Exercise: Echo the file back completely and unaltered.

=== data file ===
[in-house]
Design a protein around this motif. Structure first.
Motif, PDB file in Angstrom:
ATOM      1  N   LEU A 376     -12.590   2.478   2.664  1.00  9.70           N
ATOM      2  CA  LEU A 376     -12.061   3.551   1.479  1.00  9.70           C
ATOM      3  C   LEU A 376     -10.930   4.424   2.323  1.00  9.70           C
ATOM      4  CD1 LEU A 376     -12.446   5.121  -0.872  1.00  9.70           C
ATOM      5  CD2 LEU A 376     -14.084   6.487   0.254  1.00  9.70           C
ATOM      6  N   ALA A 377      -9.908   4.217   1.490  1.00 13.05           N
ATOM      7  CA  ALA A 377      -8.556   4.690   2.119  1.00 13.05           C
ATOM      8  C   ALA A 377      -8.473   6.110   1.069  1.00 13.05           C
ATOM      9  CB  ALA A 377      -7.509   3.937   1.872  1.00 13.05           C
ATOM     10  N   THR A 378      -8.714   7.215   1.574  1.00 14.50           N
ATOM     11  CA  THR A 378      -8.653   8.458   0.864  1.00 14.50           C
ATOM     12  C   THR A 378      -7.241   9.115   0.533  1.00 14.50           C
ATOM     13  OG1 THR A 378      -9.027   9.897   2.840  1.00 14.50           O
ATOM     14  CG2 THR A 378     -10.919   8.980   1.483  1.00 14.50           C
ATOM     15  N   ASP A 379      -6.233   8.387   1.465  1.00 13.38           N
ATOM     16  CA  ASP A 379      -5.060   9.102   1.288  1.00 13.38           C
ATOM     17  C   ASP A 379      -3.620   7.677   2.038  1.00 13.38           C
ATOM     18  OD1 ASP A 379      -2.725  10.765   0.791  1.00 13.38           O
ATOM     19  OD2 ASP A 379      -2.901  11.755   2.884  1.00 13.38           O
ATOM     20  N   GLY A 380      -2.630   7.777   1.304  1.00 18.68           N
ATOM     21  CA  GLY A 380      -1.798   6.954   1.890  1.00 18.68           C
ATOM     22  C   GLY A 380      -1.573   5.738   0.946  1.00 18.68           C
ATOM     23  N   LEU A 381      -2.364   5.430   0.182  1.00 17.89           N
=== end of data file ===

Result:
[in-house]
Design a protein around this motif. Structure first.
Motif, PDB file in Angstrom:
ATOM      1  N   LEU A 376     -12.590   2.478   2.664  1.00  9.70           N
ATOM      2  CA  LEU A 376     -12.061   3.551   1.479  1.00  9.70           C
ATOM      3  C   LEU A 376     -10.930   4.424   2.323  1.00  9.70           C
ATOM      4  CD1 LEU A 376     -12.446   5.121  -0.872  1.00  9.70           C
ATOM      5  CD2 LEU A 376     -14.084   6.487   0.254  1.00  9.70           C
ATOM      6  N   ALA A 377      -9.908   4.217   1.490  1.00 13.05           N
ATOM      7  CA  ALA A 377      -8.556   4.690   2.119  1.00 13.05           C
ATOM      8  C   ALA A 377      -8.473   6.110   1.069  1.00 13.05           C
ATOM      9  CB  ALA A 377      -7.509   3.937   1.872  1.00 13.05           C
ATOM     10  N   THR A 378      -8.714   7.215   1.574  1.00 14.50           N
ATOM     11  CA  THR A 378      -8.653   8.458   0.864  1.00 14.50           C
ATOM     12  C   THR A 378      -7.241   9.115   0.533  1.00 14.50           C
ATOM     13  OG1 THR A 378      -9.027   9.897   2.840  1.00 14.50           O
ATOM     14  CG2 THR A 378     -10.919   8.980   1.483  1.00 14.50           C
ATOM     15  N   ASP A 379      -6.233   8.387   1.465  1.00 13.38           N
ATOM     16  CA  ASP A 379      -5.060   9.102   1.288  1.00 13.38           C
ATOM     17  C   ASP A 379      -3.620   7.677   2.038  1.00 13.38           C
ATOM     18  OD1 ASP A 379      -2.725  10.765   0.791  1.00 13.38           O
ATOM     19  OD2 ASP A 379      -2.901  11.755   2.884  1.00 13.38           O
ATOM     20  N   GLY A 380      -2.630   7.777   1.304  1.00 18.68           N
ATOM     21  CA  GLY A 380      -1.798   6.954   1.890  1.00 18.68           C
ATOM     22  C   GLY A 380      -1.573   5.738   0.946  1.00 18.68           C
ATOM     23  N   LEU A 381      -2.364   5.430   0.182  1.00 17.89           N